Investing in growth companies can be a smart and effective portfolio-building strategy. While their shares will experience fluctuations in both directions during shorter time frames, as long as the underlying businesses continue to grow, the value of these investments should follow a long-term rising path. And when the prices of growth stocks tumble, those can be opportune periods to load up on them.
If you've got $5,000 that you can afford to invest for the long-term right now, three stocks you should consider are Oscar Health (OSCR -3.09%), Roku (ROKU 1.59%), and FedEx (FDX 0.53%) -- all of which have been falling in recent months.
1. Oscar Health
Oscar Health is a health insurance company that differentiates itself through its use of technology. It offers a concierge team to its customers, who can also use its app to get answers to common questions and to review and manage their benefits.
The company reported its second-quarter results on Aug. 12. Total premiums earned in the period soared 364% year over year to more than $528 million. That was thanks in large part to a 35% in growth in membership, as Oscar Health reported 563,114 members as of the end of the period, up from 417,480 a year earlier.
However, despite this impressive growth, the healthcare stock is still down by 29% over the past three months (during which time the S&P 500 has gained around 5%). The notable blemish on its last earnings report was a loss of $50 million on adjusted earnings before interest, taxes, depreciation, and amortization (EBITDA) -- a larger loss than it booked in the prior-year period -- due to pandemic-related expenses, including higher administrative costs. But with vaccination rates in the country increasing, the impact of that particular headwind should ease. And an improvement on the profitability front could generate some bullishness around the stock.
Oscar Health may not be a popular stock right now, but it presents loads of potential. It has partnered with Cigna Health to offer co-branded health insurance plans that will allow it to reach more consumers. It has a presence in just 18 states, so there's still plenty of room for it to expand its operations. And by leveraging technology and catering to a potentially younger (and healthier) member base, it could deliver some solid financial results in the future.
Roku gives investors a way to tap into the growing popularity of streaming services. Not only does the company have its own content on The Roku Channel, but its streaming devices and platform make it easy for consumers to consolidate all their subscriptions into one place.
Enthusiasm for the stock may be waning as investors anticipate that the companies that benefited during the pandemic's lockdowns will see their businesses falter somewhat as consumer behaviors return to normal. Roku shares are down 8% over the last three months.
However, the second-quarter results don't much support that pessimistic view about Roku. The company's active accounts totaled 55.1 million -- up a modest 2.8% from the 53.6 million accounts it reported a quarter earlier. While streaming hours did fall sequentially from 18.3 billion in Q1 to 17.4 billion, on a year-over-year basis, they were still up by 19%. And it's the company's platform revenue (which includes advertising and content distribution) that is showing the most growth. Revenues for the segment rose 117% year over year to $532.3 million. By comparison, revenue from its player segment (i.e., hardware) rose by just 1%.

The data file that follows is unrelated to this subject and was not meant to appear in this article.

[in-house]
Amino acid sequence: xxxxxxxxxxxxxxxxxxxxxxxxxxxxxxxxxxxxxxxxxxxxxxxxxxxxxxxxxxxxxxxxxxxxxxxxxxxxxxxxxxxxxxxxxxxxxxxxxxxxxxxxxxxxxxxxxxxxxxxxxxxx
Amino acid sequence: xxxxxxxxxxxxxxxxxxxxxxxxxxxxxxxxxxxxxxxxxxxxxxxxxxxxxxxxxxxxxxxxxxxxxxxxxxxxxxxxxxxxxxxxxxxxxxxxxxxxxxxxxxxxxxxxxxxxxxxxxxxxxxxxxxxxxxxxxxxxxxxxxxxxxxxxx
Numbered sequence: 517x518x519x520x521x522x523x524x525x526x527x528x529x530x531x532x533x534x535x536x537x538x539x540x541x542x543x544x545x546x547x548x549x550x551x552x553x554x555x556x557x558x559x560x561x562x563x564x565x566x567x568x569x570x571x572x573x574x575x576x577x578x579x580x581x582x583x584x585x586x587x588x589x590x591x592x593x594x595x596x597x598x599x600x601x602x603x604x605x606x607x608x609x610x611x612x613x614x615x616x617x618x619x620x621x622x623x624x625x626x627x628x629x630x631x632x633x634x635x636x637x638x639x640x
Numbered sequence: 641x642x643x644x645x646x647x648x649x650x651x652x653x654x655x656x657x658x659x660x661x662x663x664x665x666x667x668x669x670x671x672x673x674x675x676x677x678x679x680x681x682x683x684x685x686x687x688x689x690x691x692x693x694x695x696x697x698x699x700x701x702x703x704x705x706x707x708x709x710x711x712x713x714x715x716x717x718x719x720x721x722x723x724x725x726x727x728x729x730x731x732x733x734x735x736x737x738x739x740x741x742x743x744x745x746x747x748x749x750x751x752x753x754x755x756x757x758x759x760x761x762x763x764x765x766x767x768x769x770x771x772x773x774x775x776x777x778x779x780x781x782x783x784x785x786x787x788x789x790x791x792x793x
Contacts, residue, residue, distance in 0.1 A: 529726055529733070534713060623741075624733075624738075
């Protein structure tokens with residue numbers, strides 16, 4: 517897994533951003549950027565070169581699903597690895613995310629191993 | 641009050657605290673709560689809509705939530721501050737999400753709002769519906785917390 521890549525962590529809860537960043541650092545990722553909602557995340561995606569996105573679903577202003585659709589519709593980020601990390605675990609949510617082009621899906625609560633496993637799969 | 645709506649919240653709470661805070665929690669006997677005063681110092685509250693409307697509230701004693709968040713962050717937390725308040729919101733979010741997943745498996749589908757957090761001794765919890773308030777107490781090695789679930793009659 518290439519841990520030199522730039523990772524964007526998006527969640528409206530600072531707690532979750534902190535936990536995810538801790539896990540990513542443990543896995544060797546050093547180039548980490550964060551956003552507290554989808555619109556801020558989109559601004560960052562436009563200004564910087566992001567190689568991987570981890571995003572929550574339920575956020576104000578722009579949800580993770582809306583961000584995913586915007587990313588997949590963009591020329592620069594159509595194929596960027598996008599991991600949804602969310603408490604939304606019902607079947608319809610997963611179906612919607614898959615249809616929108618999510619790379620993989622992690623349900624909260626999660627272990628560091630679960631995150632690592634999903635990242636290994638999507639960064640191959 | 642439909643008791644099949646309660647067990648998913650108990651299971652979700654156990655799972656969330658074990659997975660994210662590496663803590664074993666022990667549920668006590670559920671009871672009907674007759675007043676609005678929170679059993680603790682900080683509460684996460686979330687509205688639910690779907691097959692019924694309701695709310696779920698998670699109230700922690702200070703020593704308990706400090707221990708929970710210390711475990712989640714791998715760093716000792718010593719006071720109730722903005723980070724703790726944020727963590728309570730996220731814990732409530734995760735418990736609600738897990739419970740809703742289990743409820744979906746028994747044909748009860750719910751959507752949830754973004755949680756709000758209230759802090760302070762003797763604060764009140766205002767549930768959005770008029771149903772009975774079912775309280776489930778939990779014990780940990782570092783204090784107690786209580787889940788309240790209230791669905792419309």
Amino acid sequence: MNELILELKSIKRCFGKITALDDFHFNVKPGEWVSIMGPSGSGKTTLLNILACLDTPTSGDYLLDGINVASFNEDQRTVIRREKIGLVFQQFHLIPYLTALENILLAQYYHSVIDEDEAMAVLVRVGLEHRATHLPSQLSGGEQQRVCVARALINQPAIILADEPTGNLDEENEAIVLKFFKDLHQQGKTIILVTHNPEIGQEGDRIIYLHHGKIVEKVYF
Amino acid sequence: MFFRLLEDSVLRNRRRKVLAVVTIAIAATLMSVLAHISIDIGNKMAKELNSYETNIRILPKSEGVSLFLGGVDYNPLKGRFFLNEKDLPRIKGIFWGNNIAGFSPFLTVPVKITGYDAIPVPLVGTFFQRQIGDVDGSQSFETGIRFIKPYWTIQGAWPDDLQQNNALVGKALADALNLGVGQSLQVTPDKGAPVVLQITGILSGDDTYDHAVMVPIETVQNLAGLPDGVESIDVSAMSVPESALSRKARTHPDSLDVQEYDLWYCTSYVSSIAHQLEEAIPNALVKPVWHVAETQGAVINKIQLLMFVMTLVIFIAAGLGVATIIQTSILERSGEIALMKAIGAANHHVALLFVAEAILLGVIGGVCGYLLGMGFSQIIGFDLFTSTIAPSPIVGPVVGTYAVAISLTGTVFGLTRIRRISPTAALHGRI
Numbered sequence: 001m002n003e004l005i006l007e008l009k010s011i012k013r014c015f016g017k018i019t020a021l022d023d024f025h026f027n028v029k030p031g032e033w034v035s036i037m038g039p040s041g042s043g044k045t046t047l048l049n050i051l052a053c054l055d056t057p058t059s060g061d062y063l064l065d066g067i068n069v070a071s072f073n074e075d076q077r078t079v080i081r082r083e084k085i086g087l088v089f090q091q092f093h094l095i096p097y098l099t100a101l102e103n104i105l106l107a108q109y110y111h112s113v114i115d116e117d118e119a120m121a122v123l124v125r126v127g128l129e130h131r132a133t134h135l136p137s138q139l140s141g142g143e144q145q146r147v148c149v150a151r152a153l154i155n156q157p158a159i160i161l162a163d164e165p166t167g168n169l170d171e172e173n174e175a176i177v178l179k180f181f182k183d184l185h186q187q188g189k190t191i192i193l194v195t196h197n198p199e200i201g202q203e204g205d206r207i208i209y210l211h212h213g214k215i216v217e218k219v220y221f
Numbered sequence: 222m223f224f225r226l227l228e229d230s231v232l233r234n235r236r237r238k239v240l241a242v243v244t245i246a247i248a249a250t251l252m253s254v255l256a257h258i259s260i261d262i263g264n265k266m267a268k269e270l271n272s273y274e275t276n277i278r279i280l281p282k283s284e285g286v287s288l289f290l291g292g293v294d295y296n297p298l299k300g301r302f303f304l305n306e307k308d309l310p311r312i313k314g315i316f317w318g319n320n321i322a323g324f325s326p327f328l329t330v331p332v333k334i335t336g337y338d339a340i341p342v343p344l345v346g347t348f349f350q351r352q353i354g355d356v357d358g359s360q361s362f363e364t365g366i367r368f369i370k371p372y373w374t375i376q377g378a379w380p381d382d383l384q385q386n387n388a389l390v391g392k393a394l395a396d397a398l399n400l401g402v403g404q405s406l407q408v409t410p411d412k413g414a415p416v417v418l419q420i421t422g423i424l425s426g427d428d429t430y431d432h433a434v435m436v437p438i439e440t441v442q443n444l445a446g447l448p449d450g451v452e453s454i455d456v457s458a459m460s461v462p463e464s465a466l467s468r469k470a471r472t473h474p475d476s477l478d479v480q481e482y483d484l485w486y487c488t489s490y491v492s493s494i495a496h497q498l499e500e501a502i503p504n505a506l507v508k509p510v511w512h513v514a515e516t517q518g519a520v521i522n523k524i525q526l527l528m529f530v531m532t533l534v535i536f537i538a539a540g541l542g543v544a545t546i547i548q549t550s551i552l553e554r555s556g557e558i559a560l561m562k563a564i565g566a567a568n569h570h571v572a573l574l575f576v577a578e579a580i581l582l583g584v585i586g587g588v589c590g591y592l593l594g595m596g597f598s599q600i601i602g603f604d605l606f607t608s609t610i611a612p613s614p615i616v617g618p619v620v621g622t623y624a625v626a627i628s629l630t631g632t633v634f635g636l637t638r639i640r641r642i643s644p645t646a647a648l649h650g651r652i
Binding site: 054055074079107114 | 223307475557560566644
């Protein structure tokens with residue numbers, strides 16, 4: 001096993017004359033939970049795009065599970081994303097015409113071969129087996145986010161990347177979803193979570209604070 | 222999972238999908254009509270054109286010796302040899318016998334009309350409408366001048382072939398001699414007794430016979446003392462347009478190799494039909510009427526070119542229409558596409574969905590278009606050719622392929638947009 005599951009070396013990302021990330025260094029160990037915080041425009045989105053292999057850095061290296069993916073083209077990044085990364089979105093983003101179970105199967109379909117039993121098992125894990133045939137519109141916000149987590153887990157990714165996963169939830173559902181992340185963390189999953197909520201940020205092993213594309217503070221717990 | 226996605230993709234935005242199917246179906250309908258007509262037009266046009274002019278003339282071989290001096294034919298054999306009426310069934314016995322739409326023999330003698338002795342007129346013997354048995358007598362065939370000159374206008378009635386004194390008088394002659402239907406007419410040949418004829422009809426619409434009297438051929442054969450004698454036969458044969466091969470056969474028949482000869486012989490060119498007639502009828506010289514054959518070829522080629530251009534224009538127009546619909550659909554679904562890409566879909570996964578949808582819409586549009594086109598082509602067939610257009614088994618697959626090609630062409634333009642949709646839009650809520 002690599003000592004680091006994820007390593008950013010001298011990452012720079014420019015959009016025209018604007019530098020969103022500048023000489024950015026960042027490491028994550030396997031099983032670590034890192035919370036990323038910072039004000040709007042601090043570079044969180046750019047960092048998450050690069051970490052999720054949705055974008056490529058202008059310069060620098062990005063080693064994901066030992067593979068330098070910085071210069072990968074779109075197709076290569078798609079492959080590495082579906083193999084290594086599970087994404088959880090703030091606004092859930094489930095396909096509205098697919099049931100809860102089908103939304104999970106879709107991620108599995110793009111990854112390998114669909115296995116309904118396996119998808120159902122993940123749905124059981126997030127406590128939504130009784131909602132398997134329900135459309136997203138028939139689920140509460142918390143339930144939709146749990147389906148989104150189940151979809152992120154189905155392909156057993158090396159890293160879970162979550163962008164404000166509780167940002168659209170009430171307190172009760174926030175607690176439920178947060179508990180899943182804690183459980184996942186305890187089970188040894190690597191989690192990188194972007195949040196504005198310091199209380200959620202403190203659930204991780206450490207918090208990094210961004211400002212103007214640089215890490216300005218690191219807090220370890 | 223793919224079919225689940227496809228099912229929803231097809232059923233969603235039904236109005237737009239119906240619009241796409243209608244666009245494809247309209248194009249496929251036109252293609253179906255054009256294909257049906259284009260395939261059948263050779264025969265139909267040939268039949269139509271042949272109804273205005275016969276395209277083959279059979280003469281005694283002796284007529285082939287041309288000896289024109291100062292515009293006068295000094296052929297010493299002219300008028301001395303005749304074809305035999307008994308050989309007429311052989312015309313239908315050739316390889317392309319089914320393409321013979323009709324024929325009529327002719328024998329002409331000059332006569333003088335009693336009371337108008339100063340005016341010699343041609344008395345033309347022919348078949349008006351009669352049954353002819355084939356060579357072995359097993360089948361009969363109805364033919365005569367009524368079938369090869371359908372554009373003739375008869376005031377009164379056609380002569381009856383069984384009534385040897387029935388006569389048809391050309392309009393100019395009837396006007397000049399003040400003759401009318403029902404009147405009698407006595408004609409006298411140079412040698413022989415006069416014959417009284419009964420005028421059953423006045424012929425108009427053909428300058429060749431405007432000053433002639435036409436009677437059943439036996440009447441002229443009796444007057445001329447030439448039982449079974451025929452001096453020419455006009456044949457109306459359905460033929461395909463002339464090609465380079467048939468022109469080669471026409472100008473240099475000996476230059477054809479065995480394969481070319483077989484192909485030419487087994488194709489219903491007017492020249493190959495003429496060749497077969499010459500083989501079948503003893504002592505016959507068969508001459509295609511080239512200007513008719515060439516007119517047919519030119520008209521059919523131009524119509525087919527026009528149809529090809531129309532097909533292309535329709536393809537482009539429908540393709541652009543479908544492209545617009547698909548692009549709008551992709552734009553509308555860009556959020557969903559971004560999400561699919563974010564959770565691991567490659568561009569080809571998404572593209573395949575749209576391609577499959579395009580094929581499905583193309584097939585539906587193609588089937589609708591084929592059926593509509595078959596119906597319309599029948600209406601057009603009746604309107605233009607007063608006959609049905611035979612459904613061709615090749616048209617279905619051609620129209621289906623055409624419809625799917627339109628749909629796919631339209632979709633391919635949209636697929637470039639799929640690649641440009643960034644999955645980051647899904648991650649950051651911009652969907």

While it's good for the company when consumers buy Roku devices, those are not likely going to be recurring purchases. The platform segment, by contrast, presents much more potential over the long term.
Roku's stock has cooled off of late, and now may be an optimal time to buy in -- it hasn't been this low in months. The rise of streaming services seems unstoppable, and given Roku's growing user base in that expanding segment, this could be a top growth stock to hold for many years.
Logistics company FedEx also looks to be a safe growth buy for the long haul. The pandemic has led to a surge in e-commerce activity across the world, both for traditional retailers and online-only operations. Plus, platforms like Shopify and Etsy have made it easy for individuals to make money by selling their crafts online. While there will be an inevitable decline in e-commerce activity as people feel safer about returning to brick-and-mortar stores, doing a greater portion of one's shopping online may be part of the post-pandemic new normal for many people.
So even though FedEx experienced unusually strong business growth over this past year, investors shouldn't be quick to assume that the growth is about to suddenly come to a halt. In the company's fiscal 2021 (which ended on May 31), its sales grew by an impressive 21% to $84 billion. But Chief Financial Officer Michael Lenz expects more growth ahead: "We expect continued strong momentum in fiscal 2022, and our investments are focused on the areas of greatest growth and highest returns, like e-commerce, to position us for sustained long-term growth in earnings, cash flows, and returns."
One of the biggest improvements for the company was on the bottom line: Its net income of $5.2 billion was quadruple the $1.3 billion profit that FedEx reported in the previous year as the company grew its top line while keeping its expenses relatively steady.
Continued growth in online spending -- analysts believe retail e-commerce sales will rise by nearly 17% this year -- combined with a focus on improving operations and making them more efficient should lead to even better results for FedEx over the long haul. Investors should take advantage of the stock's 13% drop over the past three months, as that dip in its value looks unlikely to persist.